These bees bed down in blooms
Where globe mallow plants bloom in the western United States, you’ll often find a species of bee that shares the plant’s name and taps it for food. Nature photographers Joe and Niccole Neely were walking in an Arizona field when they saw the bees’ other use for the blooms: as crash pads. Globe mallow bees don’t make hives; females sleep in ground nests, males on plants. Near sunset, the Neelys saw bees enter one flower after another. “They’d just kind of crawl in and plop over,” Joe says. And when one more bee alighted and saw all blooms occupied, it converted a single into a double. —Patricia Edmonds
Who was ‘dragon man’?
Nearly 90 years after it was hidden at the bottom of an abandoned well, a stunningly preserved skull is getting its day in the sun. The artifact may represent a new human species: Homo longi, aka “dragon man” (reconstruction below). At least 146,000 years old, the cranium sports a mash-up of ancient and modern features that show it’s closely related to us—even more so than Neanderthals, some researchers say. “I’ve held a lot of other human skulls and fossils, but never like this,” says study co-author Xijun Ni, a paleoanthropologist at the Chinese Academy of Sciences. Yet dragon man is stirring debate, with some experts suggesting it could be a Denisovan, a mysterious Neanderthal sister group represented by scant fossils. No matter its identity, the skull underscores just how tangled the branches are in our human family tree. —Maya Wei-Haas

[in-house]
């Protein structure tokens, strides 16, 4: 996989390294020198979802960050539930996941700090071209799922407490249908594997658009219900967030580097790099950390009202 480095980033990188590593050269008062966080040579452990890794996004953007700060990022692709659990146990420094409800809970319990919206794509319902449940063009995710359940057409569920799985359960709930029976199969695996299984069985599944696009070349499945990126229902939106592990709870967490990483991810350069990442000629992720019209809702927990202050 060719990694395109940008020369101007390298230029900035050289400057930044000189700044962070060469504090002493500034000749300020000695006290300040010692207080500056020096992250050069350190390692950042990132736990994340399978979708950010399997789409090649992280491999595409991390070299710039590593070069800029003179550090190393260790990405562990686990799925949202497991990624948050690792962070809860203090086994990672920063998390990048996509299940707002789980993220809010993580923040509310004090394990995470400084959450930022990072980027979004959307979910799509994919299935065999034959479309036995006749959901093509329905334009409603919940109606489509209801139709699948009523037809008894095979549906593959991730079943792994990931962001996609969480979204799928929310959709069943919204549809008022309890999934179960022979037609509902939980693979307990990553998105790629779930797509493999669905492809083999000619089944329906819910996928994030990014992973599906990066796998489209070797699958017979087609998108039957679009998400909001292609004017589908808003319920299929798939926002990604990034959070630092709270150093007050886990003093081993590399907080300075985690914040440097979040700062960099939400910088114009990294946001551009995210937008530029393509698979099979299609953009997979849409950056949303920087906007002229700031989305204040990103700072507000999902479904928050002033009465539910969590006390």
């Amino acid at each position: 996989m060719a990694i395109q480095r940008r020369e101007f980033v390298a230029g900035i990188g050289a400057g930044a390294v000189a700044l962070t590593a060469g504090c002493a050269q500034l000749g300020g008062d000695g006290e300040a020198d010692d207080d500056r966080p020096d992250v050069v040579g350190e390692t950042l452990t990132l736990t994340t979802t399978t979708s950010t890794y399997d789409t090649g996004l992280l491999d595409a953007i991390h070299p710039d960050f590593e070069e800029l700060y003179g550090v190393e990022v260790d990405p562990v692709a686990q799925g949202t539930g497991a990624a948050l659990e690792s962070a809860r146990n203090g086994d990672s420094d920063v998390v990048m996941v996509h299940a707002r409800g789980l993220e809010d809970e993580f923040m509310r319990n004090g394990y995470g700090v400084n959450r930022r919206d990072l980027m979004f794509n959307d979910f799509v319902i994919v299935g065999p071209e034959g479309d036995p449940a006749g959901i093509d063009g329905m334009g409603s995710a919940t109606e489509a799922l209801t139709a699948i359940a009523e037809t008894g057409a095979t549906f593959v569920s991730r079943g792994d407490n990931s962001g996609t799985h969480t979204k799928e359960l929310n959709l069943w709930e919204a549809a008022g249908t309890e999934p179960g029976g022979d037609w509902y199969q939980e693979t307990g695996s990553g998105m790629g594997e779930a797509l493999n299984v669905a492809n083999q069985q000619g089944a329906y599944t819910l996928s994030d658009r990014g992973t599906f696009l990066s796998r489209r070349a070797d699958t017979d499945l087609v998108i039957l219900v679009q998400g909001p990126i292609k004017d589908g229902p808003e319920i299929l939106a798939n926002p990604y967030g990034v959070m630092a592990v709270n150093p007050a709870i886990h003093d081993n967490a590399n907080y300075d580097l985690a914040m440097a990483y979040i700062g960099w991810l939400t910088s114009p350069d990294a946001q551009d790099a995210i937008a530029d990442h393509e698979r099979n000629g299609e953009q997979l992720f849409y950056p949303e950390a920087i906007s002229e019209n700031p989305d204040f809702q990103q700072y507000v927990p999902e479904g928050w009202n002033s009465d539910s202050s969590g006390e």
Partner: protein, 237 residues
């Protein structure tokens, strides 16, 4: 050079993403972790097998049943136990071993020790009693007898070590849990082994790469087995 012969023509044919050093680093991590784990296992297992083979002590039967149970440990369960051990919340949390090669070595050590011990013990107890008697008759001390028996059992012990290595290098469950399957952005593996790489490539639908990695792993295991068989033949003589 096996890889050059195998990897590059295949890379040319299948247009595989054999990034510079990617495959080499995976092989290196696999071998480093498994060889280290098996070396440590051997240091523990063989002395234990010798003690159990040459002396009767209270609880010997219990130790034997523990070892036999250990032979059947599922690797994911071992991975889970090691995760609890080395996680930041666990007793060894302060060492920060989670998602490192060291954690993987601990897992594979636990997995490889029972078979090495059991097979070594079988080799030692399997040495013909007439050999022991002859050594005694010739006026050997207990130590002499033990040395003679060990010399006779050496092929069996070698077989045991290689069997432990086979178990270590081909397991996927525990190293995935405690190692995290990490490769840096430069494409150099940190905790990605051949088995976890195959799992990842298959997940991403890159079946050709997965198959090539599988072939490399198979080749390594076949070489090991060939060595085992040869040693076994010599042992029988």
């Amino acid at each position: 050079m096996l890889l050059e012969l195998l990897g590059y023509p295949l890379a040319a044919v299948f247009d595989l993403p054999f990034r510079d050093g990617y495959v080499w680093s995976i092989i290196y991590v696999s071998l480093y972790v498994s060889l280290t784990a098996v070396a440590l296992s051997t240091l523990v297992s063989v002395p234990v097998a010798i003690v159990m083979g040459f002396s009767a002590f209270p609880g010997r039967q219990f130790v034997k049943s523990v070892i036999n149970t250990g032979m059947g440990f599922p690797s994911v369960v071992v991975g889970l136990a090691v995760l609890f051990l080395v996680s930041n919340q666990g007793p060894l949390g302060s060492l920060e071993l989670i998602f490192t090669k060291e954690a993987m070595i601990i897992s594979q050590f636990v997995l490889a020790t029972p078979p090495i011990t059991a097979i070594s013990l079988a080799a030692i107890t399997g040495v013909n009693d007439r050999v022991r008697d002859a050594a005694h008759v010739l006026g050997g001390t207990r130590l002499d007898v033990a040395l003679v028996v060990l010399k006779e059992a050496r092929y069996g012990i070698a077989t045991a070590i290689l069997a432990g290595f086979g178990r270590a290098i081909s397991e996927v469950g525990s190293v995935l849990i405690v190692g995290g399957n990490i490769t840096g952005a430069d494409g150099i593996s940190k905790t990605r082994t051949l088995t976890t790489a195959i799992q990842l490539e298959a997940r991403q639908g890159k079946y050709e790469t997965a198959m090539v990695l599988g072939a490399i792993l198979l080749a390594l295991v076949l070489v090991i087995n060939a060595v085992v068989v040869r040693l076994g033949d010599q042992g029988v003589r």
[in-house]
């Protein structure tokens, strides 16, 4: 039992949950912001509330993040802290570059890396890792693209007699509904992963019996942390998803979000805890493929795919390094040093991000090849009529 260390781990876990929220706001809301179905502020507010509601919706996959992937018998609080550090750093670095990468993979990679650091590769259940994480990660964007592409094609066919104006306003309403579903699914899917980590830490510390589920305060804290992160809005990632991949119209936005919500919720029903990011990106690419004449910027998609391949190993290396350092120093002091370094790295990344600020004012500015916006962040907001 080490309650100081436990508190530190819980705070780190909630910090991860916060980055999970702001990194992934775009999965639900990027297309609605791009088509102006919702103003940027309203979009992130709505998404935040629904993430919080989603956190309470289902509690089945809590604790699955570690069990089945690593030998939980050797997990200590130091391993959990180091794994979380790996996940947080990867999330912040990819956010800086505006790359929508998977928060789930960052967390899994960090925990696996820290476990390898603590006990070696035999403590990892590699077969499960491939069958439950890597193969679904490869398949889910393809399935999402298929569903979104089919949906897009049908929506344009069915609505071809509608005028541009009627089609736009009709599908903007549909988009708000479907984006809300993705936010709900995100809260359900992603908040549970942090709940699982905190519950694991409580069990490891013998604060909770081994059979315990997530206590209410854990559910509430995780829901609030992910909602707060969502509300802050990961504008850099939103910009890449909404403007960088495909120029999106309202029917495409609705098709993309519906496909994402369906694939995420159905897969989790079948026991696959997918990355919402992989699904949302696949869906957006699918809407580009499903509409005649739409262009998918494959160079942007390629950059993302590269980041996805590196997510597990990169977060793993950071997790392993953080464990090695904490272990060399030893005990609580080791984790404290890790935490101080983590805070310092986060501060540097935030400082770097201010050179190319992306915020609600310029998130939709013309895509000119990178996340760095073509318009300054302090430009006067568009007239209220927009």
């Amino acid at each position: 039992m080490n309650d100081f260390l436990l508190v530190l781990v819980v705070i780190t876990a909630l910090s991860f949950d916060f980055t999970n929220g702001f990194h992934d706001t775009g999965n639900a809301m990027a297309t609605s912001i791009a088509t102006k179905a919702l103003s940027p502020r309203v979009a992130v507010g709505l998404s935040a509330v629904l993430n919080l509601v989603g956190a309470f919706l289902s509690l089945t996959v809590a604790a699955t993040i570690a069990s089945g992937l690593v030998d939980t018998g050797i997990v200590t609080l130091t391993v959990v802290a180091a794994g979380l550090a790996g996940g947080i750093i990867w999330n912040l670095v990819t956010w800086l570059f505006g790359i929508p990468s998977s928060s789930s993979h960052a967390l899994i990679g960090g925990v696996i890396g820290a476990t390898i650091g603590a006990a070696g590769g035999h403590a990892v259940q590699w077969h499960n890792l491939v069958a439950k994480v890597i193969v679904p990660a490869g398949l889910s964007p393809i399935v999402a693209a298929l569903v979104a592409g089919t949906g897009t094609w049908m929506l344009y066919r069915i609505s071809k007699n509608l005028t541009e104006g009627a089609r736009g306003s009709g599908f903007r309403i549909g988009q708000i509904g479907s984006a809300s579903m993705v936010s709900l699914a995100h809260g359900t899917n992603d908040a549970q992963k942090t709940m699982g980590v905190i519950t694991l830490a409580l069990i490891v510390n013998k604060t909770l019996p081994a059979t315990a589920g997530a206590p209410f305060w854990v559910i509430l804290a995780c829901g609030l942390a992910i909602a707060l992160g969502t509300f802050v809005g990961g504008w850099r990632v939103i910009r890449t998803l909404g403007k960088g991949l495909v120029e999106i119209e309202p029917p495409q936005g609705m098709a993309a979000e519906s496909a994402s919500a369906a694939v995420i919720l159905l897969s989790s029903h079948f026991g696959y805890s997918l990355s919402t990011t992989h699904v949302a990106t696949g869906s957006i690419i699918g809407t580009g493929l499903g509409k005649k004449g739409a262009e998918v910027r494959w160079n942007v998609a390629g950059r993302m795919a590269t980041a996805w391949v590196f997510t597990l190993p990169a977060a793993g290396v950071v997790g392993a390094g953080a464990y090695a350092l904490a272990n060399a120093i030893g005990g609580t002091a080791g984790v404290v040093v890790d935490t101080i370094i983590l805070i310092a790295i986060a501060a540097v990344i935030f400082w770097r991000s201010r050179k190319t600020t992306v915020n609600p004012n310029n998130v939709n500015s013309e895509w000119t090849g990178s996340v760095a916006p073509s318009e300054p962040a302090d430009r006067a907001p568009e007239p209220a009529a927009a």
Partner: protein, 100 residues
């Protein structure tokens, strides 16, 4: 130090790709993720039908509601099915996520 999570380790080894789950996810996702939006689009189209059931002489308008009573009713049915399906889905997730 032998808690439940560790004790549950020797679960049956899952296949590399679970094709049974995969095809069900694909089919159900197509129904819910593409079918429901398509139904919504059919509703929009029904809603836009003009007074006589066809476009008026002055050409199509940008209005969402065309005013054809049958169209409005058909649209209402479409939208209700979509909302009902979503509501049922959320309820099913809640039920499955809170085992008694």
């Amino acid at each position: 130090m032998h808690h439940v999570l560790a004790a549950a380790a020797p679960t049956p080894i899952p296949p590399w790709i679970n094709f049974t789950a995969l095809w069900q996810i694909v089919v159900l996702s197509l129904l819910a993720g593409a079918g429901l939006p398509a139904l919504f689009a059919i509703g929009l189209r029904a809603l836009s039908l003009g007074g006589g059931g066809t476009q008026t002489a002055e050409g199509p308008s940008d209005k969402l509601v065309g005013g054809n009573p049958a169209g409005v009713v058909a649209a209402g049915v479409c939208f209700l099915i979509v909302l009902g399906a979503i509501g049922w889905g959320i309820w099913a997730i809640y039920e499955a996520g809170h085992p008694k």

More depth = less color
As seas warm, some fish are descending to cooler waters and may see less color, recent study models show. Photos below simulate what copperband butterflyfish may see at depths 66 feet apart; one researcher likens the dimming effect to “going back to the days of black-and-white TV.” Reduced color perception can jeopardize a fish’s critical ability to identify others—to tell prey, predator, and potential mate apart. —Hicks Wogan
Evidence of ‘birth of art’?
Found at Germany’s Unicorn Cave, this 2.2-inch-long piece of deer bone carved with slanted lines more than 50,000 years ago suggests Neanderthals were capable of creative expression. Archaeologist Thomas Terberger co-wrote a study of the piece; he says it shows “the start of abstract thinking, the birth of art.” —Andrew Curry